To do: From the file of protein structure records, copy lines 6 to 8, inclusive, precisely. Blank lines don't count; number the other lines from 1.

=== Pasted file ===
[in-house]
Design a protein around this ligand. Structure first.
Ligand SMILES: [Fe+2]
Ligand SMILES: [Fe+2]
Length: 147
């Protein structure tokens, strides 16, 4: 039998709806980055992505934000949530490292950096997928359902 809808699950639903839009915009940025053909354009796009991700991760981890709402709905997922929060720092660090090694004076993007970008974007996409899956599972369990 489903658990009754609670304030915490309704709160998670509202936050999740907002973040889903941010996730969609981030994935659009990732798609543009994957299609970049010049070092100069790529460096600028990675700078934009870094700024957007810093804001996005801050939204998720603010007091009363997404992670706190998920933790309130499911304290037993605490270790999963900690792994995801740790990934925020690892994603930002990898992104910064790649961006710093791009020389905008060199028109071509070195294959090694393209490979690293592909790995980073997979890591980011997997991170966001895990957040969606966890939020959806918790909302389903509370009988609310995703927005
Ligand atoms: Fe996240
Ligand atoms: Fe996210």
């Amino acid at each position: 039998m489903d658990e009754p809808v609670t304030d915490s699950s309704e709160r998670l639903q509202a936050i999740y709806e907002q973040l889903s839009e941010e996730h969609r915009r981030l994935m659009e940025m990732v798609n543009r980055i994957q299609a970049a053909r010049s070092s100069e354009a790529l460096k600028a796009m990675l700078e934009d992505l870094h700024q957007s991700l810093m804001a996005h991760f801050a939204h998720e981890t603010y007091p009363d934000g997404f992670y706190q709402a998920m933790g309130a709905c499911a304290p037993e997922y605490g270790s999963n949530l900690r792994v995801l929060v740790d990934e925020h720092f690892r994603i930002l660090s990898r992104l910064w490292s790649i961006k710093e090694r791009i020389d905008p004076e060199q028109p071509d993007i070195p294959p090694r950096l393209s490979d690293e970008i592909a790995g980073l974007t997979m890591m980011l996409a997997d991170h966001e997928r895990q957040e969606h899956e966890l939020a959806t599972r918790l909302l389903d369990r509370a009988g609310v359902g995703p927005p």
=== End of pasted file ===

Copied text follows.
């Protein structure tokens, strides 16, 4: 039998709806980055992505934000949530490292950096997928359902 809808699950639903839009915009940025053909354009796009991700991760981890709402709905997922929060720092660090090694004076993007970008974007996409899956599972369990 489903658990009754609670304030915490309704709160998670509202936050999740907002973040889903941010996730969609981030994935659009990732798609543009994957299609970049010049070092100069790529460096600028990675700078934009870094700024957007810093804001996005801050939204998720603010007091009363997404992670706190998920933790309130499911304290037993605490270790999963900690792994995801740790990934925020690892994603930002990898992104910064790649961006710093791009020389905008060199028109071509070195294959090694393209490979690293592909790995980073997979890591980011997997991170966001895990957040969606966890939020959806918790909302389903509370009988609310995703927005
Ligand atoms: Fe996240
Ligand atoms: Fe996210």